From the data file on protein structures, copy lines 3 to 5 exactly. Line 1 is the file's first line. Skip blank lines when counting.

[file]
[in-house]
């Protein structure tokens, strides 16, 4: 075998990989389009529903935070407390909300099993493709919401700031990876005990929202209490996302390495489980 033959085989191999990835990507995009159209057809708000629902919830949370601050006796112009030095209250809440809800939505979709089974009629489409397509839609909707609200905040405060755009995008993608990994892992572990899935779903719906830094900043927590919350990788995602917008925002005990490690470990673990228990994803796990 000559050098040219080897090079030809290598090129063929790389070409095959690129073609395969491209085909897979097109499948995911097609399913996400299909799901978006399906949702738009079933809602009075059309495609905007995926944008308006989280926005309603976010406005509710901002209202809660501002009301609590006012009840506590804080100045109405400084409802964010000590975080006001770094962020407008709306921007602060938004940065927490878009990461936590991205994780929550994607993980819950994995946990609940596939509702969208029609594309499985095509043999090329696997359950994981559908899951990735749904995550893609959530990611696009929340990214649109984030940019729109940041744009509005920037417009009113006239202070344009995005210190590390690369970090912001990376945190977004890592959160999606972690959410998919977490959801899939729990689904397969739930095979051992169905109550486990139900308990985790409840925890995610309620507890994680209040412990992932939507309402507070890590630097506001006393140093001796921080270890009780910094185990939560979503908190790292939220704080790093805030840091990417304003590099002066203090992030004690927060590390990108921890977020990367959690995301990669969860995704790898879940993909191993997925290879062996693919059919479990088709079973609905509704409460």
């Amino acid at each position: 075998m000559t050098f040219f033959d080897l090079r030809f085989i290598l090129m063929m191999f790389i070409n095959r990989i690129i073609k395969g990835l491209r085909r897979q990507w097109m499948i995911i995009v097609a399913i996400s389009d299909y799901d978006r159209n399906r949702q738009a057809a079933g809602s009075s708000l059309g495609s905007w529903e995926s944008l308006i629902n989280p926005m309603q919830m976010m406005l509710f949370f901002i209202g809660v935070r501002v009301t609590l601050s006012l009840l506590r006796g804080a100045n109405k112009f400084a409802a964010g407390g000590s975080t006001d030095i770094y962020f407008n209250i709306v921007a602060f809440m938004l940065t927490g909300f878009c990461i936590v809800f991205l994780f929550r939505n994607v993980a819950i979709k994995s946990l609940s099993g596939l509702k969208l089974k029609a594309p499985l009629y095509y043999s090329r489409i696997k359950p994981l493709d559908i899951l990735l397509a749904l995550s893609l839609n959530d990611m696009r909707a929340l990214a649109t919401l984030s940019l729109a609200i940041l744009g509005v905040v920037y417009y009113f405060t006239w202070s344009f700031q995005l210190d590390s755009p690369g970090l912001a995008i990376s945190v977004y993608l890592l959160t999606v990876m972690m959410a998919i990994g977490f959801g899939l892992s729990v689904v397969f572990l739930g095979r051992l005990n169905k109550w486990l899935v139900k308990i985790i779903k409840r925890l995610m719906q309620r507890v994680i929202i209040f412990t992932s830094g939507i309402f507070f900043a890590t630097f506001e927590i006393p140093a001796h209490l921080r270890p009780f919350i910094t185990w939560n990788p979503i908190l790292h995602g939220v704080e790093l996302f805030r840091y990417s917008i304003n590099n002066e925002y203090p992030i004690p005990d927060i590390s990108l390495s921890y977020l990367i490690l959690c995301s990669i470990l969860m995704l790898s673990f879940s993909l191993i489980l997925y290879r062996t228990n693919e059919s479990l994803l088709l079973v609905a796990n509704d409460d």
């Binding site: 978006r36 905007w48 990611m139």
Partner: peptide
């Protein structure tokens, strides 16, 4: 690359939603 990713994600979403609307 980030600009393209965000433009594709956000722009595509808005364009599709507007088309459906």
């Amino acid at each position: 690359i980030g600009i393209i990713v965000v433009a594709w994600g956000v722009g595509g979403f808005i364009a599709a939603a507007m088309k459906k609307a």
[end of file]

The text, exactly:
């Amino acid at each position: 075998m000559t050098f040219f033959d080897l090079r030809f085989i290598l090129m063929m191999f790389i070409n095959r990989i690129i073609k395969g990835l491209r085909r897979q990507w097109m499948i995911i995009v097609a399913i996400s389009d299909y799901d978006r159209n399906r949702q738009a057809a079933g809602s009075s708000l059309g495609s905007w529903e995926s944008l308006i629902n989280p926005m309603q919830m976010m406005l509710f949370f901002i209202g809660v935070r501002v009301t609590l601050s006012l009840l506590r006796g804080a100045n109405k112009f400084a409802a964010g407390g000590s975080t006001d030095i770094y962020f407008n209250i709306v921007a602060f809440m938004l940065t927490g909300f878009c990461i936590v809800f991205l994780f929550r939505n994607v993980a819950i979709k994995s946990l609940s099993g596939l509702k969208l089974k029609a594309p499985l009629y095509y043999s090329r489409i696997k359950p994981l493709d559908i899951l990735l397509a749904l995550s893609l839609n959530d990611m696009r909707a929340l990214a649109t919401l984030s940019l729109a609200i940041l744009g509005v905040v920037y417009y009113f405060t006239w202070s344009f700031q995005l210190d590390s755009p690369g970090l912001a995008i990376s945190v977004y993608l890592l959160t999606v990876m972690m959410a998919i990994g977490f959801g899939l892992s729990v689904v397969f572990l739930g095979r051992l005990n169905k109550w486990l899935v139900k308990i985790i779903k409840r925890l995610m719906q309620r507890v994680i929202i209040f412990t992932s830094g939507i309402f507070f900043a890590t630097f506001e927590i006393p140093a001796h209490l921080r270890p009780f919350i910094t185990w939560n990788p979503i908190l790292h995602g939220v704080e790093l996302f805030r840091y990417s917008i304003n590099n002066e925002y203090p992030i004690p005990d927060i590390s990108l390495s921890y977020l990367i490690l959690c995301s990669i470990l969860m995704l790898s673990f879940s993909l191993i489980l997925y290879r062996t228990n693919e059919s479990l994803l088709l079973v609905a796990n509704d409460d």
């Binding site: 978006r36 905007w48 990611m139």
Partner: peptide